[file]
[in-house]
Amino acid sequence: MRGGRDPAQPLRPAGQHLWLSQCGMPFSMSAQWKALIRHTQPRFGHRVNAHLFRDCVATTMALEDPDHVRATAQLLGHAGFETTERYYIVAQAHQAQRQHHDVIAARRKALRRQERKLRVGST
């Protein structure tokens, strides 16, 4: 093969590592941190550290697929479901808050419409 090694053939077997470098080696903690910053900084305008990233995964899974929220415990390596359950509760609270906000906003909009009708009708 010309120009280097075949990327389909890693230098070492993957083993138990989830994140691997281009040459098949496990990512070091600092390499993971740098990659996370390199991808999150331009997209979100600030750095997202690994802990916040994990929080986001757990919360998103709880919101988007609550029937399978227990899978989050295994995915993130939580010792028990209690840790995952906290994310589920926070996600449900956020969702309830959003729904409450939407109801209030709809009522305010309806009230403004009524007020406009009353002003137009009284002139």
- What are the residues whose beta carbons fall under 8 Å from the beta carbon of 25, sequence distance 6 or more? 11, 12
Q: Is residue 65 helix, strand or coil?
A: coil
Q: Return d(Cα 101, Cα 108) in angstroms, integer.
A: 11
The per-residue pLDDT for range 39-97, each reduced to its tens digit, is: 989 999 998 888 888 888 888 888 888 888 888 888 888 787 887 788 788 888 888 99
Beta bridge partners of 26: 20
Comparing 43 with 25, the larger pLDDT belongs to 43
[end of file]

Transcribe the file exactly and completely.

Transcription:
[in-house]
Amino acid sequence: MRGGRDPAQPLRPAGQHLWLSQCGMPFSMSAQWKALIRHTQPRFGHRVNAHLFRDCVATTMALEDPDHVRATAQLLGHAGFETTERYYIVAQAHQAQRQHHDVIAARRKALRRQERKLRVGST
């Protein structure tokens, strides 16, 4: 093969590592941190550290697929479901808050419409 090694053939077997470098080696903690910053900084305008990233995964899974929220415990390596359950509760609270906000906003909009009708009708 010309120009280097075949990327389909890693230098070492993957083993138990989830994140691997281009040459098949496990990512070091600092390499993971740098990659996370390199991808999150331009997209979100600030750095997202690994802990916040994990929080986001757990919360998103709880919101988007609550029937399978227990899978989050295994995915993130939580010792028990209690840790995952906290994310589920926070996600449900956020969702309830959003729904409450939407109801209030709809009522305010309806009230403004009524007020406009009353002003137009009284002139």
- What are the residues whose beta carbons fall under 8 Å from the beta carbon of 25, sequence distance 6 or more? 11, 12
Q: Is residue 65 helix, strand or coil?
A: coil
Q: Return d(Cα 101, Cα 108) in angstroms, integer.
A: 11
The per-residue pLDDT for range 39-97, each reduced to its tens digit, is: 989 999 998 888 888 888 888 888 888 888 888 888 888 787 887 788 788 888 888 99
Beta bridge partners of 26: 20
Comparing 43 with 25, the larger pLDDT belongs to 43